The United States Department of Labor recently launched its first smartphone application-one that will arguably lead to more wage and hour lawsuits by employees. Available in English and Spanish, the new timesheet app allows employees to track their work hours, including break time and overtime, and the wages their employers owe them. Users can add comments related to their work hours; view a summary of work hours in a daily, weekly and monthly format; and email the summary of work hours and gross pay as an attachment. In addition, links to the Web pages of the department's Wage and Hour Division provide easy access to a glossary, contract information, and materials about wage laws.
Although this free app is currently compatible with only the iPhone and iPod Touch, the Labor Department is looking to develop versions for other platforms as well, such as Android and Blackberry. The department will also explore developing other pay features: tips, commissions, bonuses, deduction, holiday pay, pay for weekends, shift differentials, and pay for regular days of rest.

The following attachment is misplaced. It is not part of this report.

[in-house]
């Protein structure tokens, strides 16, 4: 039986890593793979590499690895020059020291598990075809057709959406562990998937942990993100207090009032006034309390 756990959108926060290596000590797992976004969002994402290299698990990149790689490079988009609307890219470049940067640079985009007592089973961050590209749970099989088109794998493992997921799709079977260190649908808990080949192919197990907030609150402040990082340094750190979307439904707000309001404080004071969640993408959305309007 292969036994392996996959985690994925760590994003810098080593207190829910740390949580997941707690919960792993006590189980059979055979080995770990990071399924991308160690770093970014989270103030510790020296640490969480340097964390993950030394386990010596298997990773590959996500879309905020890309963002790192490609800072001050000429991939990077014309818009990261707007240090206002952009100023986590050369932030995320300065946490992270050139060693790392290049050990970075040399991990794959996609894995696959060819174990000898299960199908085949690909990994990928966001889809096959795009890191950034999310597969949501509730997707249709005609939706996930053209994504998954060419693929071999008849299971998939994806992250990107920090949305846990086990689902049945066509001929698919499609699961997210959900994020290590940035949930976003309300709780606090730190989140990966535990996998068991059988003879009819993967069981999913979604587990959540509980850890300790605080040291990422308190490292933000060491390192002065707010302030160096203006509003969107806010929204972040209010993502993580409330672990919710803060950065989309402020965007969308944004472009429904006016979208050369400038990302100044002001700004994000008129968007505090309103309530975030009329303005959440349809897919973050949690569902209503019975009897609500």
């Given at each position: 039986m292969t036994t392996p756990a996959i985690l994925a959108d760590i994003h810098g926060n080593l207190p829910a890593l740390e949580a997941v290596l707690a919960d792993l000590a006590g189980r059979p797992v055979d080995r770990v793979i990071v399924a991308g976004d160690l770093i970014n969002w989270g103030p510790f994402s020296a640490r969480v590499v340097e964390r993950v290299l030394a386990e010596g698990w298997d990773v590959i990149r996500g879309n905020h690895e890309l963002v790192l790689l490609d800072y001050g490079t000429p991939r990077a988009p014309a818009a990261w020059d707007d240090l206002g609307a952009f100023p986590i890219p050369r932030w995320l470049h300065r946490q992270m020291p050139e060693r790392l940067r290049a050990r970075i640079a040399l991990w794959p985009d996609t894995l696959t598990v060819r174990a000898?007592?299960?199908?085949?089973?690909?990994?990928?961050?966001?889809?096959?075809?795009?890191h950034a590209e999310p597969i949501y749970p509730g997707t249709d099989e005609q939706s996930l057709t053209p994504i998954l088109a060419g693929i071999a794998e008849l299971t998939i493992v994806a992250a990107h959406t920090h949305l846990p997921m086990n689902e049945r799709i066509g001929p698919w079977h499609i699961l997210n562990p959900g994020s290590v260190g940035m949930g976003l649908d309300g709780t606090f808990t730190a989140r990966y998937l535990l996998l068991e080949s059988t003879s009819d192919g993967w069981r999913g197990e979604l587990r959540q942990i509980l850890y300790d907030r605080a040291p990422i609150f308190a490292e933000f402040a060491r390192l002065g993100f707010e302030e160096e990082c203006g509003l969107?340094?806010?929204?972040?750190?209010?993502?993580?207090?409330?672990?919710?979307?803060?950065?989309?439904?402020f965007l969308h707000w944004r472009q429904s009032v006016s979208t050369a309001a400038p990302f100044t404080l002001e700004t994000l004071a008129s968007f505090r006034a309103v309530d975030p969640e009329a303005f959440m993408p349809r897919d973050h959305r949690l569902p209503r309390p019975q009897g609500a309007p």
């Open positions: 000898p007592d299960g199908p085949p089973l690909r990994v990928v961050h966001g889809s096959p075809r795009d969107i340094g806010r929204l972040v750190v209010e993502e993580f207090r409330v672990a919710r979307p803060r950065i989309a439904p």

According to Secretary of Labor Hilda L. Solis, "This app will help empower workers to understand and stand up for their rights when employers have denied their hard-earned pay." The app will presumably make it easier for the Wage and Hour Division to make investigations. Nevertheless, it will be important to not rely on the new wage and hour calculator too much. An employee's own calculations and assumptions may be accidentally wrong, or even purposely false.
Overall, the launch of the application should remind employers to maintain accurate employment records. It is understandable that employers today have a harder time keeping track of employee work time when the employees work outside the boundaries of a traditional work day and office space. However, an employer can mitigate this difficulty by communicating to their employees that correct time records are desired, and if the employees believe there is any discrepancy in their time records, they should immediately notify the employer.
The app can be downloaded from the Wage and Hour Division's home Web page at http://www.dol.gov/whd. When necessary, employers should consult legal counsel regarding this application or any other wage and hour concerns.